The Theranos Securities Fraud Settlement…an easily avoidable financial and career train wreck for the founder

Jeffrey Sweeney, Chairman and CEO, US Capital Global for The Fintech Times.

Dynamic entrepreneurship energises our economy, creates wealth for founders and investors, and ushers in societal benefits of new products, jobs, and technologies. Nowhere do we see this more than in the accelerated world of tech startups.

The blood-testing company Theranos and its founder and CEO, Elizabeth Holmes, garnered considerable media interest with the alleged ability to test for conditions ranging from diabetes to cancer using just a few drops of blood from a finger. Media attention followed and magnified the subsequent events and discoveries leading to the company’s disintegration. Theranos’ securities fraud saga concluded in March of 2018, with the settlement of SEC charges of fraud leveled at the founder. It’s a sobering reminder of the bad things that can happen when the necessary precautions aren’t taken, and appropriate professionals are not engaged to ensure correct execution of capital raising.

Theranos struggled through several investigations and lawsuits from multiple parties, but it was the securities fraud charges that ultimately crashed the company. While other flawed consumer and business actions by the company are serious, it was defrauding investors that resulted in the most severe punishment. The SEC ordered Theranos to return over $750 million to investors, while Holmes is personally liable for $500,000 in fines and banned from serving as a public company officer or director for the next ten years. Holmes also has to return millions of shares and relinquish voting control of the company that she dropped out of Stanford to found.

The ultimate lesson of the Theranos saga?

For entrepreneurs looking to take their business to the next stage of growth, the case of Theranos offers a hard lesson in what happens when raising capital is not done through the appropriate channels – namely, engaging licensed investment bankers to manage the raise. The one thing which the company and founder were most severely punished for – securities fraud – was something that could have been avoided if appropriate professional advice had been taken when raising funds.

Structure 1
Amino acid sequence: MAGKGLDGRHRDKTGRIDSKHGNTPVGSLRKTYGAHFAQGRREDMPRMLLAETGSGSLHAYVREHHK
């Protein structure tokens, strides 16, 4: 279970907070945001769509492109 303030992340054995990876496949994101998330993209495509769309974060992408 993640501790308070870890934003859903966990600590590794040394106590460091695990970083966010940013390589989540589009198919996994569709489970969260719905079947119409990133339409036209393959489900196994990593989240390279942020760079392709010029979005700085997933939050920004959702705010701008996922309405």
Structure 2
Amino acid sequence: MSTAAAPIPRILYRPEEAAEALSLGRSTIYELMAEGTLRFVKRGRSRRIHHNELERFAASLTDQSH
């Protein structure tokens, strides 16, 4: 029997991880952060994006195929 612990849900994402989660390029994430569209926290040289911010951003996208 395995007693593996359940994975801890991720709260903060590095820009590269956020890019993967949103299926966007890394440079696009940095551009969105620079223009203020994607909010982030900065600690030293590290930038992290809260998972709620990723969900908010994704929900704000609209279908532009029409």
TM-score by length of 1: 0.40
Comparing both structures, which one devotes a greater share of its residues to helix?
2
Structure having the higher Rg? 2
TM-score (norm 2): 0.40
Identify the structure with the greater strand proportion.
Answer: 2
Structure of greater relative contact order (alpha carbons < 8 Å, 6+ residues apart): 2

While Theranos had a strong legal team, there was little the lawyers could do to prevent securities fraud from being committed in the first place. Legal counsel is responsible for providing advice and defending clients’ best interests, but they are not licensed to underwrite and oversee capital raises. That is the domain of investment banking professionals. To bypass engaging bankers in later stage capital raises is to risk violating securities regulations and being charged with investment fraud. For Theranos, that risk turned into a very real and irreversible outcome.

So how can issuers protect themselves from the potential pitfalls of raising capital incorrectly?

In today’s highly regulated financial environment, it’s imperative for issuers to engage licensed brokers who structure a raise where the responsibility – and risks –
of compliant investor communication on the sale of securities are limited to those  same professionals. There is no such thing as ‘securities fraud insurance’, but the act of hiring licensed bankers to manage your raise is essentially that.